In “Solving the Problem of Childhood Obesity Within a Generation: White House Task Force on Childhood Obesity Report to the President” (available online as a PDF file; link is ours), the section called Chemical Exposures starts on page 17. One of the consequent Recommendations is,
Federal and State agencies conducting health research should prioritize research into the effects of possibly obesogenic chemicals.
For a popular account of this area of inquiry, not necessarily endorsed by Dr. Pretlow, but as a example of what people are thinking and saying, please see “Obesogens Hidden In Your Food Making You Fat.” This article says,
It may sound like science fiction, but the American Medical Association, the National Institutes of Health, and White House Task Force on Childhood Obesity have all declared obesogens, also known as ‘endocrine disrupting chemicals,’ to be a potential danger to America’s waistlines… Called obesogens, or endocrine disruptors, these natural and man-made chemicals work by altering the regulatory system that controls your weight — increasing the fat cells you have, decreasing the calories you burn, and even altering the way your body manages hunger.
It does sound like science fiction. A strange substance changes a person or a whole population. Superman is weakened by kryptonite. Mutant creatures shuffle out of the swamp where hazardous waste was dumped. A chemical leak kills and permanently injures hundreds of thousands of people. Oh wait, that really happened.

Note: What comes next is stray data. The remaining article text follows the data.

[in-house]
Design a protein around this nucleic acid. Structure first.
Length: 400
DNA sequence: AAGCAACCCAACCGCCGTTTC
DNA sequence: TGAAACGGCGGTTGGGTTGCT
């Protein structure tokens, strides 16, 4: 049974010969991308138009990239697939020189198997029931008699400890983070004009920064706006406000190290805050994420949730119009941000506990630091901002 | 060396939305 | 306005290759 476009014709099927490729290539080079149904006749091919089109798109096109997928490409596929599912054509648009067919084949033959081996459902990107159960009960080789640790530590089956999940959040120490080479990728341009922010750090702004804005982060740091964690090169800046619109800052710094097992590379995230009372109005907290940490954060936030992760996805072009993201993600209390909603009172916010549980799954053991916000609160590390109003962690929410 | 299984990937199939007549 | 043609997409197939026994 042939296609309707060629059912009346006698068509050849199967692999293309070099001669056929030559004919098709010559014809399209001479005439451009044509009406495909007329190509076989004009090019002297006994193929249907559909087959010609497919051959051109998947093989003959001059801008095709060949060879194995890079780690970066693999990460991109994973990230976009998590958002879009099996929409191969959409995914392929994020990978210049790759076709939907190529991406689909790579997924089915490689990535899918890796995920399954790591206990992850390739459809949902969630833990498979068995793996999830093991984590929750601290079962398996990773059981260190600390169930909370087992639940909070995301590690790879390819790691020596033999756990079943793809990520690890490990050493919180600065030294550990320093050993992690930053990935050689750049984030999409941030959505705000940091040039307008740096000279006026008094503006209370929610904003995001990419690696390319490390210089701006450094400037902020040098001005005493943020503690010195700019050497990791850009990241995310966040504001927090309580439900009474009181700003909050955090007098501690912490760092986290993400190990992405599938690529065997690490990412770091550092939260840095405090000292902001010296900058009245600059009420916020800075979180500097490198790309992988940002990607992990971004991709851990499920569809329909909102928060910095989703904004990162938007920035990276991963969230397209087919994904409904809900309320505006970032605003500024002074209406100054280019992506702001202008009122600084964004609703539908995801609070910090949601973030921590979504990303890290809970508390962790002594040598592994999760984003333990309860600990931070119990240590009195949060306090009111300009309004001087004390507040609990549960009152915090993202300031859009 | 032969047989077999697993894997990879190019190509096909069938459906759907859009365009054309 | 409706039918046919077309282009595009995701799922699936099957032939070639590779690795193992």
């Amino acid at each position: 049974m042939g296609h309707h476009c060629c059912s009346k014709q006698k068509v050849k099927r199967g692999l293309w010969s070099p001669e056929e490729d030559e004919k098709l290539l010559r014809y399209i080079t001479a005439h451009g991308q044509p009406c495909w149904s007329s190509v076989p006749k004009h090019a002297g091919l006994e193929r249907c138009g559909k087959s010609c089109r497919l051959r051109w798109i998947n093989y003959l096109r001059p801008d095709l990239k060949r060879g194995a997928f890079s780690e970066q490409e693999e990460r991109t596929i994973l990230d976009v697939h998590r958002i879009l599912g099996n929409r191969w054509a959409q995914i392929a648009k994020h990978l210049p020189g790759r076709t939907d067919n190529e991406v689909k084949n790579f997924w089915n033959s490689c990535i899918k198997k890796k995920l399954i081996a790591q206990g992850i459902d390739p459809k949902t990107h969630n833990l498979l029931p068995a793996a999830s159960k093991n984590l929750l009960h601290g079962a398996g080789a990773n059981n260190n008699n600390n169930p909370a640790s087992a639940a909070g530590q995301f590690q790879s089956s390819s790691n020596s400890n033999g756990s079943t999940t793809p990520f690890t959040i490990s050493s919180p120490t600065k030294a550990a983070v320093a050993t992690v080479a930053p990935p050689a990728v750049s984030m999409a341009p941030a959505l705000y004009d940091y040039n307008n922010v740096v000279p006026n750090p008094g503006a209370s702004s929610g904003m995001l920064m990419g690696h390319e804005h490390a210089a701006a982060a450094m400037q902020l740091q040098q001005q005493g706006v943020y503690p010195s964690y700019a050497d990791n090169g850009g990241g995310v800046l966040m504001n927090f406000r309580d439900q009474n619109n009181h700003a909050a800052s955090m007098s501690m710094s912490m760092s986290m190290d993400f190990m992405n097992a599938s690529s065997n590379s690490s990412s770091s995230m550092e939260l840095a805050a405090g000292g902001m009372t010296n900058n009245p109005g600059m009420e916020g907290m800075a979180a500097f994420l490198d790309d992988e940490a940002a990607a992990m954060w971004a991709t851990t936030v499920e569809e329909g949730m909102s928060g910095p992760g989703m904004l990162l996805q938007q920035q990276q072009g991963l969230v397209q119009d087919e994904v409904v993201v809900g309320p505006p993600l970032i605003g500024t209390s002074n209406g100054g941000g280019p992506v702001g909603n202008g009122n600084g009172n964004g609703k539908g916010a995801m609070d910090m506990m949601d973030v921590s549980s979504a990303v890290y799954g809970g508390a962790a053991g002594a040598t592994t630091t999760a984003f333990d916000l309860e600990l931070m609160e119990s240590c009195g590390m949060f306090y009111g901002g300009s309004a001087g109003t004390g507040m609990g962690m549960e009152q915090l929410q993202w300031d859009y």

Anyway, are there vast amounts of environmental toxins in the water and the air, and in practically everything we eat? Could there be a pervasive molecule that gets into almost everybody, attacking our livers and making them insulin-resistant? Could some chemical agent alter large numbers of people, making us very addiction-prone? Could it happen? Probably. Is it happening? Maybe.
Whatever the scientific validity of that theory, it brings a problem with it. There is such a thing as food addiction, and a class of pseudo-foods or food-like substances which are specifically designed to appeal to our addictability. A certain number of obese individuals want to change, but will not be able to change until we start operating under the psychological food dependence-addiction paradigm.
In other words, people need to be realizing they are hooked and taking the appropriate steps to get unhooked, like any other addict. Any other factor that may or may not contribute to obesity can too easily be appropriated as an excuse or copout, which makes it very much easier to exist in a state of denial about food addiction.
Your responses and feedback are welcome!
Source: “Task Force on Childhood Obesity” (PDF), LetsMove.gov
Source: “Dr Oz Obesogens Hidden In Your Food Making You Fat,” HealthyBodyDaily.com, 09/21/10
Image by Massachusetts Dept. of Environmental Protection, used under its Creative Commons license.